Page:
StemCellTalks Vancouver student bloggers

8 October 2014

In 2014, StemCellTalks Vancouver organized an essay contest sponsored by the Stem Cell Network, the International Society for Stem Cell Research (ISSCR), and Let's Talk Science. The five winners had the opportunity to attend one day of the ISSCR Annual Meeting, held in June at the Vancouver Convention Centre. They later shared their experiences in blog entries on Signals and The Node.

The StemCellTalks Vancouver Student Bloggers. Front row, left to right: Vivian Tsang, Michelle Tse, and Mindy Lin Back. Back row, left to right: Tanner Jones, Lauren Dobischok, and organizer Ben Paylor.

Read what the student bloggers had to say about the ISSCR conference:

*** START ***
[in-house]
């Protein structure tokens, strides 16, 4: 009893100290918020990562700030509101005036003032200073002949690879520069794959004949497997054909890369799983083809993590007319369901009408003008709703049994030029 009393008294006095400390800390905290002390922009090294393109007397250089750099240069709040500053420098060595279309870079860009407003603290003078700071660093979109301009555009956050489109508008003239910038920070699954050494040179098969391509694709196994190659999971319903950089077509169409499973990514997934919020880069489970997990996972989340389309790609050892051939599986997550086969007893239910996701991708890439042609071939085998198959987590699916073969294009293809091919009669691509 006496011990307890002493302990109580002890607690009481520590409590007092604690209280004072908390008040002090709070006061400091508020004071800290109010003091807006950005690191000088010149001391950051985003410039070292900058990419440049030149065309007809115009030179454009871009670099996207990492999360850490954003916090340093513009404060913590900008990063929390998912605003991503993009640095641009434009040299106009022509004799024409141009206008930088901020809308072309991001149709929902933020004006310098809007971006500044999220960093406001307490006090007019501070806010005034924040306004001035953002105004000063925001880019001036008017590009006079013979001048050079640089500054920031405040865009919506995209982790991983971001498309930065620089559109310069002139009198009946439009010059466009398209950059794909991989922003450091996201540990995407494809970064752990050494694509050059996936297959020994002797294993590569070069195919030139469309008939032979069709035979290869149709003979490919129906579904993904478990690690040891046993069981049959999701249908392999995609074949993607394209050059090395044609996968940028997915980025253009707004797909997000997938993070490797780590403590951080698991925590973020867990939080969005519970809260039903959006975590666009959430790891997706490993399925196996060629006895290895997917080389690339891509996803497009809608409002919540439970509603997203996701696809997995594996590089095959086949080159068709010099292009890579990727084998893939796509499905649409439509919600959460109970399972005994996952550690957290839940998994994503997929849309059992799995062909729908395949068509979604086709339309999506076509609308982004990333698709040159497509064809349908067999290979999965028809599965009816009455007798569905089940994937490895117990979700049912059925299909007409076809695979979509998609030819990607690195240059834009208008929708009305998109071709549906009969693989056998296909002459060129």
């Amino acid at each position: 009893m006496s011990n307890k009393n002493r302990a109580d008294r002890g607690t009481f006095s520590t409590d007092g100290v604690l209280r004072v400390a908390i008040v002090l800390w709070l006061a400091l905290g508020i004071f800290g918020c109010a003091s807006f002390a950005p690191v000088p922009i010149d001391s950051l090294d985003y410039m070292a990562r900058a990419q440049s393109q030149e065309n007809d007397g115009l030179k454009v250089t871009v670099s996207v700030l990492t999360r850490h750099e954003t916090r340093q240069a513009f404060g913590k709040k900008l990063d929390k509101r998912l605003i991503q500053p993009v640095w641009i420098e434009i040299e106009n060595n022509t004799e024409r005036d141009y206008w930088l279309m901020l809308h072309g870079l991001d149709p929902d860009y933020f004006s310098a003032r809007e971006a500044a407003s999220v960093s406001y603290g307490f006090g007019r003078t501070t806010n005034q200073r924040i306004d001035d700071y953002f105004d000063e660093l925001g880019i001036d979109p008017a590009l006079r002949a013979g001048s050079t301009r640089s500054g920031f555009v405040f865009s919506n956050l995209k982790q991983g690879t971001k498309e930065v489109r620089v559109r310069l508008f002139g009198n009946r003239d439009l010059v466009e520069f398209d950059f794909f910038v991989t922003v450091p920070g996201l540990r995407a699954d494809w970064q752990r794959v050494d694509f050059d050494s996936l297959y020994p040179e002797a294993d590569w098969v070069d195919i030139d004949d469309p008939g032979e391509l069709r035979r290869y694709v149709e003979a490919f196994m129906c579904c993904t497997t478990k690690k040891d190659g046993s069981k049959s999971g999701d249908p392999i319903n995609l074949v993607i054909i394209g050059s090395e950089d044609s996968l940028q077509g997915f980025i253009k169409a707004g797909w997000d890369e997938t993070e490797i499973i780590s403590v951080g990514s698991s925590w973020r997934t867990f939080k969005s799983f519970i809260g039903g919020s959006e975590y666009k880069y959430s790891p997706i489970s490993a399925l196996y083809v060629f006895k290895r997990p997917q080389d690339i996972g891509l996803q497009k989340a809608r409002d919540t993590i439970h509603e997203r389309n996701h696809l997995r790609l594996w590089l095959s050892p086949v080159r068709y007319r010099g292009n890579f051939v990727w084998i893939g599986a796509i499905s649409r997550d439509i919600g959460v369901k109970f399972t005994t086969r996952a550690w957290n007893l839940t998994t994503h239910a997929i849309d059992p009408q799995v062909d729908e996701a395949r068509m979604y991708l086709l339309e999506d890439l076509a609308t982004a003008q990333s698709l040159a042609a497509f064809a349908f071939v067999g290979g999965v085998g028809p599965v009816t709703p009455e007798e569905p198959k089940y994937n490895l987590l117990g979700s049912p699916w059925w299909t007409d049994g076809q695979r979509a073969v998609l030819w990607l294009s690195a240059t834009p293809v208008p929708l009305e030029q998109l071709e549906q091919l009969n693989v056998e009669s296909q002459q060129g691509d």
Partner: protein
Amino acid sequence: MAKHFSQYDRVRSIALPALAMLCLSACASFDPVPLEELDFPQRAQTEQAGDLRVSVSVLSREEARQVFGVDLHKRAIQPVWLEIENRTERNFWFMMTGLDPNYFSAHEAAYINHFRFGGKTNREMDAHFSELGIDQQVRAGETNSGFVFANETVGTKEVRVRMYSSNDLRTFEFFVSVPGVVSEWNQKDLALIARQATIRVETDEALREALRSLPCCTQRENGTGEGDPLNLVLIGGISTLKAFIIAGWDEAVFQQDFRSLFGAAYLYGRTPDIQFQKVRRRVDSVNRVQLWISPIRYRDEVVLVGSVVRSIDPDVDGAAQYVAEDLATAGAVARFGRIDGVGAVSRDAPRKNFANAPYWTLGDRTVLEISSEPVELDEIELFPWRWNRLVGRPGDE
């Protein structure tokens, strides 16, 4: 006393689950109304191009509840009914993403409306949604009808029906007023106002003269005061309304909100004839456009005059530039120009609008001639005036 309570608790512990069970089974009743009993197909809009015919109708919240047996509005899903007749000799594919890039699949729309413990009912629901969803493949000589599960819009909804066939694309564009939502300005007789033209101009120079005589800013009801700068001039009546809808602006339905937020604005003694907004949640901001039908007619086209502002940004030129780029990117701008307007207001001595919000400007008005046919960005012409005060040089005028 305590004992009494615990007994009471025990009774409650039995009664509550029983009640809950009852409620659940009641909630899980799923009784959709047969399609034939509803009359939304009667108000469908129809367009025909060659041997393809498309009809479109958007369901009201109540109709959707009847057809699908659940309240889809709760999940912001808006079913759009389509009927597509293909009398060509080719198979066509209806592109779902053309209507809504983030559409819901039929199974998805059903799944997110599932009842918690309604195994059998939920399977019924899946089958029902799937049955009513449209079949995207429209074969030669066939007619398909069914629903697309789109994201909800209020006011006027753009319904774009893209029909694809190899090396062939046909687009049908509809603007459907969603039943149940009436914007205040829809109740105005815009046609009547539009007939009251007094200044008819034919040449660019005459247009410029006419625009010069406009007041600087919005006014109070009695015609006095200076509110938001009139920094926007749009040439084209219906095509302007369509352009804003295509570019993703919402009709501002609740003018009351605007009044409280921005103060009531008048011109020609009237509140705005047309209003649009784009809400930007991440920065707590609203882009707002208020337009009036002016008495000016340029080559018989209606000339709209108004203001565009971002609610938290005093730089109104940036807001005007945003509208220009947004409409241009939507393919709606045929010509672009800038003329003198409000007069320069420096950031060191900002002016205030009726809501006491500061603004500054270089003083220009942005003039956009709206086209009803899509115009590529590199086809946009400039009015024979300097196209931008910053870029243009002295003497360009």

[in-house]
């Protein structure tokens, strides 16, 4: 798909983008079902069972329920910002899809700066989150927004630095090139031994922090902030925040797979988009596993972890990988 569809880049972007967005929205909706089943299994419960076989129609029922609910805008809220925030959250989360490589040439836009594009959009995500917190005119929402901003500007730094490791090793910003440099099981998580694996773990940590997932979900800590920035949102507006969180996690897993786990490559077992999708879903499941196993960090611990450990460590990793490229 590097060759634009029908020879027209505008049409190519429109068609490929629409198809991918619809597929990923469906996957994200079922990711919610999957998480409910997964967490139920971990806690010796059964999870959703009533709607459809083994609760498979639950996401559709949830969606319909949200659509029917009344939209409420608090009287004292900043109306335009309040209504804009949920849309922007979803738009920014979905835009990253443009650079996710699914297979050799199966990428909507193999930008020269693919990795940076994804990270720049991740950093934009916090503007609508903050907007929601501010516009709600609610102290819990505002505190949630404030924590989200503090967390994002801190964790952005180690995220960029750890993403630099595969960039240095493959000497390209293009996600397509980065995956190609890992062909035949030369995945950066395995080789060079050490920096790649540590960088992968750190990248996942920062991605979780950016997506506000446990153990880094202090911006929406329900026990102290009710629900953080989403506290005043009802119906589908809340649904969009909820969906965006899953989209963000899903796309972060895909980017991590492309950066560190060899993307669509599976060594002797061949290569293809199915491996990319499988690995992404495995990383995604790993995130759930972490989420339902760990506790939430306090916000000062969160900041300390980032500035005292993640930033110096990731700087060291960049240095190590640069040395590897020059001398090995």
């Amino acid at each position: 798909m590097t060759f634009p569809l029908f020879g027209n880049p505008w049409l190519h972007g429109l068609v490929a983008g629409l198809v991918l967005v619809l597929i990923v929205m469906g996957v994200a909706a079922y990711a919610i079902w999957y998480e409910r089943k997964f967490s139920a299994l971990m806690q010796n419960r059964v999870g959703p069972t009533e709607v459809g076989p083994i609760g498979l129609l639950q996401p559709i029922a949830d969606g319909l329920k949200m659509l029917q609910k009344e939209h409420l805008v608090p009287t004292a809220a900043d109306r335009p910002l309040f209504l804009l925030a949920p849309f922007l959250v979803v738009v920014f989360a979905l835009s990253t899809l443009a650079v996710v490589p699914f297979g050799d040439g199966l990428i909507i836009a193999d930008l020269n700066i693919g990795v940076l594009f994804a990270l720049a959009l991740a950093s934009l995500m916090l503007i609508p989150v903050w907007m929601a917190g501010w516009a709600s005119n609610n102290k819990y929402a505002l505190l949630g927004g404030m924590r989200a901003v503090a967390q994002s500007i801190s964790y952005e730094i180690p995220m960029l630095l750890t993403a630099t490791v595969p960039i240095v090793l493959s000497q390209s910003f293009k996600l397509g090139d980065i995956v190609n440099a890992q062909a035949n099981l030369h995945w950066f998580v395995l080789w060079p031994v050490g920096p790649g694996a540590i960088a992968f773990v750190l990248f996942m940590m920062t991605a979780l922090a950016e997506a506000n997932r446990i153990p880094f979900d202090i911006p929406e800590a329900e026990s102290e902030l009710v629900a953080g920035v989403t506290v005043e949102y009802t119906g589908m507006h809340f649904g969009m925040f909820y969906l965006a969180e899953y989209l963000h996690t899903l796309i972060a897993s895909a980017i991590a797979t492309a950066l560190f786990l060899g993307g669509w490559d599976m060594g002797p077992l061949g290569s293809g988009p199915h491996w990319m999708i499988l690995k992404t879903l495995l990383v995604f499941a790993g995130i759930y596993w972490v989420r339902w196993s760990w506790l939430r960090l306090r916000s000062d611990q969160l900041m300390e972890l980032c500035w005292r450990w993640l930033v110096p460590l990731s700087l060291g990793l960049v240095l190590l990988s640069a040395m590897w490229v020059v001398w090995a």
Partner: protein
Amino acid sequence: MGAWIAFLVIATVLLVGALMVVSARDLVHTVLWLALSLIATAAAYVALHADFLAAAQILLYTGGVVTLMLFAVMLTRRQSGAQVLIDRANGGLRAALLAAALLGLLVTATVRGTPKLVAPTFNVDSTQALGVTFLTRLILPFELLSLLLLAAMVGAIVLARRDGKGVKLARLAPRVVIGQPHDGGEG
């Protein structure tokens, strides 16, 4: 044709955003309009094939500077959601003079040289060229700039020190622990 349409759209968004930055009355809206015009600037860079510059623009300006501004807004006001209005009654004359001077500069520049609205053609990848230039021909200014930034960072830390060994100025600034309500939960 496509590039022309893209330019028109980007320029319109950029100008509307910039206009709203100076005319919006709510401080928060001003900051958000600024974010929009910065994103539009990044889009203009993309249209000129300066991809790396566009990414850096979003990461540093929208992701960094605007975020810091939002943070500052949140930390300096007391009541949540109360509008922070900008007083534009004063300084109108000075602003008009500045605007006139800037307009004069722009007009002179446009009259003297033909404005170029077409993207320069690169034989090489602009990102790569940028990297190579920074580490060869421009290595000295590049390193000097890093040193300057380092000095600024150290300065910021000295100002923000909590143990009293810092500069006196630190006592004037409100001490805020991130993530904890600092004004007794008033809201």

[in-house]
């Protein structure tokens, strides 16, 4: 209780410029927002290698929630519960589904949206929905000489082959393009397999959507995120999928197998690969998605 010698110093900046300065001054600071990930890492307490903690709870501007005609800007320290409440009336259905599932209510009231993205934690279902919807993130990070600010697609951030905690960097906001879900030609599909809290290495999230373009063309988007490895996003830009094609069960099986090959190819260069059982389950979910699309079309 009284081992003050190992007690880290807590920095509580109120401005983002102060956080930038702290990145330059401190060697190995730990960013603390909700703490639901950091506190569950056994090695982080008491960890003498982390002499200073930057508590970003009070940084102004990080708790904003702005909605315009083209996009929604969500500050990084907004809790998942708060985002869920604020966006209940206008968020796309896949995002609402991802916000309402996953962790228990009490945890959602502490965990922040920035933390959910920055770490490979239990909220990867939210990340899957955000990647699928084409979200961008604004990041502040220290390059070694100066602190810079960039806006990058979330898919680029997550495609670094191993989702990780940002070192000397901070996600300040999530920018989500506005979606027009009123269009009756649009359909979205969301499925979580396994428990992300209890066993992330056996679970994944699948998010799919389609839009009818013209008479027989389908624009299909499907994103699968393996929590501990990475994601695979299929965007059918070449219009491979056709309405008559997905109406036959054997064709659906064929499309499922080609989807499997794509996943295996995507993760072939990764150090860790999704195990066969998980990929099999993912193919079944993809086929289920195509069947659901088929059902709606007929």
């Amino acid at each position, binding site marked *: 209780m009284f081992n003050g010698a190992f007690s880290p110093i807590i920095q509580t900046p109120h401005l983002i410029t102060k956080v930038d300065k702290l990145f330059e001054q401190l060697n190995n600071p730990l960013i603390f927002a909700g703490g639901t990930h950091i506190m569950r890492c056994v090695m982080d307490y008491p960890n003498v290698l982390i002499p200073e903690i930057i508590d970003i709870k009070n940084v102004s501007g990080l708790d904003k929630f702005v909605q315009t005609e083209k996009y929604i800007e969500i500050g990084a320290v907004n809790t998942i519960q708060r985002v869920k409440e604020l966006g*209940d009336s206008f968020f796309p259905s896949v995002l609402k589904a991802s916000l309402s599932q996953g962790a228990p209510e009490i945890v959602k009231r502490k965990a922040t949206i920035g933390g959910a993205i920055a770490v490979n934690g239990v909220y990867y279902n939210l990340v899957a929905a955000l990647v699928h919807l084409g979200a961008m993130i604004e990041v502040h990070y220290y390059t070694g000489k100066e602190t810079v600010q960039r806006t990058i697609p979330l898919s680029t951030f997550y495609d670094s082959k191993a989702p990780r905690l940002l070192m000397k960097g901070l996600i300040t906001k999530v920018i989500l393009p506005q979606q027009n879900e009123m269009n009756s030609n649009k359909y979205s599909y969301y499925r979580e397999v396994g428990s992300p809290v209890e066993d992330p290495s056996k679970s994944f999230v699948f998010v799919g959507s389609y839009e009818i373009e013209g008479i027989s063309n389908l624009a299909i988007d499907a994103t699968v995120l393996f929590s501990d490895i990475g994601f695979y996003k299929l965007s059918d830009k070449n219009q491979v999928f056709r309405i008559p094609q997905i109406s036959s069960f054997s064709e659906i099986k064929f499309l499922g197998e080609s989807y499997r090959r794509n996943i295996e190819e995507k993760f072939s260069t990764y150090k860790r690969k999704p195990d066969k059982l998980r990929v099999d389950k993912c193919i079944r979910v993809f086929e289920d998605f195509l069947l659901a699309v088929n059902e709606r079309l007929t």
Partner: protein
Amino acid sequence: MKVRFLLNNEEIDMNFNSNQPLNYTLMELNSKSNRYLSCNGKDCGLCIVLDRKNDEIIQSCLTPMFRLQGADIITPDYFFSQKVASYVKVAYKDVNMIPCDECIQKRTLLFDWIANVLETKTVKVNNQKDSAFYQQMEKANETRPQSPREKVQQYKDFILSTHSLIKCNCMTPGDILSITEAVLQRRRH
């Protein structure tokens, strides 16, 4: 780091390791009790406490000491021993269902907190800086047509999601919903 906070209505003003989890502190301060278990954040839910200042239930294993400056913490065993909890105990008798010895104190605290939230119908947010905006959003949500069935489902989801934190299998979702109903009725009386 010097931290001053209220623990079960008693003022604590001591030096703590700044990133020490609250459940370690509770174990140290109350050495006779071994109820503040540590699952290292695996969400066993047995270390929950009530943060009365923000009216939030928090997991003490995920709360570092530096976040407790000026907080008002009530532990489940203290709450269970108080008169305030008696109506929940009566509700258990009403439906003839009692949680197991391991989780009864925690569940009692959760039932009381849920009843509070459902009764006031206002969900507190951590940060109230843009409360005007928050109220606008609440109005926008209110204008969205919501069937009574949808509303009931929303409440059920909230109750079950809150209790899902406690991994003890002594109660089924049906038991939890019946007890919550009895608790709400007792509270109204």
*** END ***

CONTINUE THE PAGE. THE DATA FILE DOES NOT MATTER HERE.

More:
Vivian Tsang attended sessions on public-private partnerships and on the variability and dynamic forms of stem cell. At the same time, she transformed herself from an out-of-place high school student into a self-assured student blogger. Read more about her experience on Signal. Lauren Dobischok also attended a pre-conference outreach event where experts discussed the challenges facing stem cell researchers, especially the pressure to provide "proven, effective, 'miracle' therapies." Read more about what she learned on Signal. Mindy Lin compares high school students to stem cell research in her blog entry on Signal. They they both have a lot of potential but it is not yet clear exactly where either is headed. In the meantime, you can expect both breakthroughs and setbacks. Michelle Tse was impressed by the conference participants' passion and dedication to stem cell research. She hopes to embark on a career similar to theirs in the coming years. Read more about her experience on The Node. Tanner Jones was particularly captivated by discussions on the dangers of stem cell tourism. When patients hear about possible miracle cures for their conditions, they will often turn to poorly-regulated clinics, located in various parts of the world, that promise immediate results. However, the safety and the benefits of the therapies offered by these clinics remain unproven. Read more about what Tanner learned on The Node.


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